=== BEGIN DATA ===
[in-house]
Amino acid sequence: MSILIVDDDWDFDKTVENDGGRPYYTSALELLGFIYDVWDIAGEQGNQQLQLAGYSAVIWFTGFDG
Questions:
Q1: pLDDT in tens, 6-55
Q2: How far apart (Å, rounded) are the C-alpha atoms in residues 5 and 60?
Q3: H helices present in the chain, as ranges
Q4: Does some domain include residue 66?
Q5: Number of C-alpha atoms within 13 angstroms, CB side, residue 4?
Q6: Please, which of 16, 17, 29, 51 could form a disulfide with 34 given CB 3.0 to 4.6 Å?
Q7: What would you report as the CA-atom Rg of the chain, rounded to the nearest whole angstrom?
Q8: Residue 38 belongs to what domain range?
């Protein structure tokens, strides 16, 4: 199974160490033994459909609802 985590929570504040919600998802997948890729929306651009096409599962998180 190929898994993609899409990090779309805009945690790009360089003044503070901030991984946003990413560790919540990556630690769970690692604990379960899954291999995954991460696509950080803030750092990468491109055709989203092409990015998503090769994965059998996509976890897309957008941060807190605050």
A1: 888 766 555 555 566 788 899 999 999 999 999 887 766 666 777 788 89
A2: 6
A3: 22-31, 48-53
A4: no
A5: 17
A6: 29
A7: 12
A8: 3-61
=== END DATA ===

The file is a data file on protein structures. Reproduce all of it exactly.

[in-house]
Amino acid sequence: MSILIVDDDWDFDKTVENDGGRPYYTSALELLGFIYDVWDIAGEQGNQQLQLAGYSAVIWFTGFDG
Questions:
Q1: pLDDT in tens, 6-55
Q2: How far apart (Å, rounded) are the C-alpha atoms in residues 5 and 60?
Q3: H helices present in the chain, as ranges
Q4: Does some domain include residue 66?
Q5: Number of C-alpha atoms within 13 angstroms, CB side, residue 4?
Q6: Please, which of 16, 17, 29, 51 could form a disulfide with 34 given CB 3.0 to 4.6 Å?
Q7: What would you report as the CA-atom Rg of the chain, rounded to the nearest whole angstrom?
Q8: Residue 38 belongs to what domain range?
């Protein structure tokens, strides 16, 4: 199974160490033994459909609802 985590929570504040919600998802997948890729929306651009096409599962998180 190929898994993609899409990090779309805009945690790009360089003044503070901030991984946003990413560790919540990556630690769970690692604990379960899954291999995954991460696509950080803030750092990468491109055709989203092409990015998503090769994965059998996509976890897309957008941060807190605050």
A1: 888 766 555 555 566 788 899 999 999 999 999 887 766 666 777 788 89
A2: 6
A3: 22-31, 48-53
A4: no
A5: 17
A6: 29
A7: 12
A8: 3-61